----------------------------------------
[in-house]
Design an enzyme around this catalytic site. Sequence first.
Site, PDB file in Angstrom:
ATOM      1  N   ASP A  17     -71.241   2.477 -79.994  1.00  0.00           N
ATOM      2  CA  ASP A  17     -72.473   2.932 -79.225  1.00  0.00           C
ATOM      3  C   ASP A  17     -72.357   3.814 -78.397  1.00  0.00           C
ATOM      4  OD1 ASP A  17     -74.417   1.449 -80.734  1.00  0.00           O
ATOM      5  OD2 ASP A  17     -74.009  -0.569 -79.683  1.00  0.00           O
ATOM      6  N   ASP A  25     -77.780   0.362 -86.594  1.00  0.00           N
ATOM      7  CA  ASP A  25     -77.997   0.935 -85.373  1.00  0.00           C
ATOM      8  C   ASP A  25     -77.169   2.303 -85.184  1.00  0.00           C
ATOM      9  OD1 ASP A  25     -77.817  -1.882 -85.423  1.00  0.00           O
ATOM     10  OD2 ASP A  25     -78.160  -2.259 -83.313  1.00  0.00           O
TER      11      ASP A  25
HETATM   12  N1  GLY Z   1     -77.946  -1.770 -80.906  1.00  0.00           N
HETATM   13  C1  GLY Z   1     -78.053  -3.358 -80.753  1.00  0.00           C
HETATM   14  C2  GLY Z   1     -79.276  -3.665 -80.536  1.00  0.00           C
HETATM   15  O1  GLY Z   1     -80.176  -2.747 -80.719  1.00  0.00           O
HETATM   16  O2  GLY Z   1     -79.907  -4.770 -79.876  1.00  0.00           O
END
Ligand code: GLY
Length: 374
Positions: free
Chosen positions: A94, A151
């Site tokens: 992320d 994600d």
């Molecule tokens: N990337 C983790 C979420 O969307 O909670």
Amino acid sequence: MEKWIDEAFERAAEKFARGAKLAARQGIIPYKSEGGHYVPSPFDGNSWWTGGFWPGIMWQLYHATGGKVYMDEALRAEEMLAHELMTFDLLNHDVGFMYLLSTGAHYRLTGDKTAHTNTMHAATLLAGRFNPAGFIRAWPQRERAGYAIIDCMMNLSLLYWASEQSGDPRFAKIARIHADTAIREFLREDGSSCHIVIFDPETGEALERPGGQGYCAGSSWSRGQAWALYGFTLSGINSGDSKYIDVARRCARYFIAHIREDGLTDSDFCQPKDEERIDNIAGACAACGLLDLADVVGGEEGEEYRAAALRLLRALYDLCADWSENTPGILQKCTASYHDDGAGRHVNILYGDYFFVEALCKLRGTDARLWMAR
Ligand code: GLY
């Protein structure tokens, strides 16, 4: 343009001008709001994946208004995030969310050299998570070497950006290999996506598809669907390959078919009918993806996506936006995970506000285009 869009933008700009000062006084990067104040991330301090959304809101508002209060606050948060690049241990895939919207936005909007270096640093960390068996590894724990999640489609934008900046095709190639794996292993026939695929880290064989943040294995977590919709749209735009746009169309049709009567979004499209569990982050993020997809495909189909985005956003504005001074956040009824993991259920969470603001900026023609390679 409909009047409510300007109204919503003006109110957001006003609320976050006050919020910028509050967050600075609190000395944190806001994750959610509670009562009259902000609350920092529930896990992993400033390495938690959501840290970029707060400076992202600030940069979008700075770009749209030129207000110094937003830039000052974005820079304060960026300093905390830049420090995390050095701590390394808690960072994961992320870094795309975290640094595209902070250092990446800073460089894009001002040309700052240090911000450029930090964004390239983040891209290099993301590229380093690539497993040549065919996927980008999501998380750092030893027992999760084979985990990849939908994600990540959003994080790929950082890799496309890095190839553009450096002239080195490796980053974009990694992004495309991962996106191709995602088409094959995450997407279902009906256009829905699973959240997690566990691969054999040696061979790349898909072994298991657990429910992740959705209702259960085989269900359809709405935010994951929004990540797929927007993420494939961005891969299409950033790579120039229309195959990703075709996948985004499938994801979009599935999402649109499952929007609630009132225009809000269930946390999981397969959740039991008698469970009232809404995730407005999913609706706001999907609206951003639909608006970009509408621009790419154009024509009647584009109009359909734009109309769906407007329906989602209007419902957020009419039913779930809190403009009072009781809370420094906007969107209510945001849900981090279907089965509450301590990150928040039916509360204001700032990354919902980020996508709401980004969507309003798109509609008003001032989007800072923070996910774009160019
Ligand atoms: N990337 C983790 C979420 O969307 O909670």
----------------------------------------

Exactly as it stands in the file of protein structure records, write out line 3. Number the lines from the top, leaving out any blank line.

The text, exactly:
Site, PDB file in Angstrom: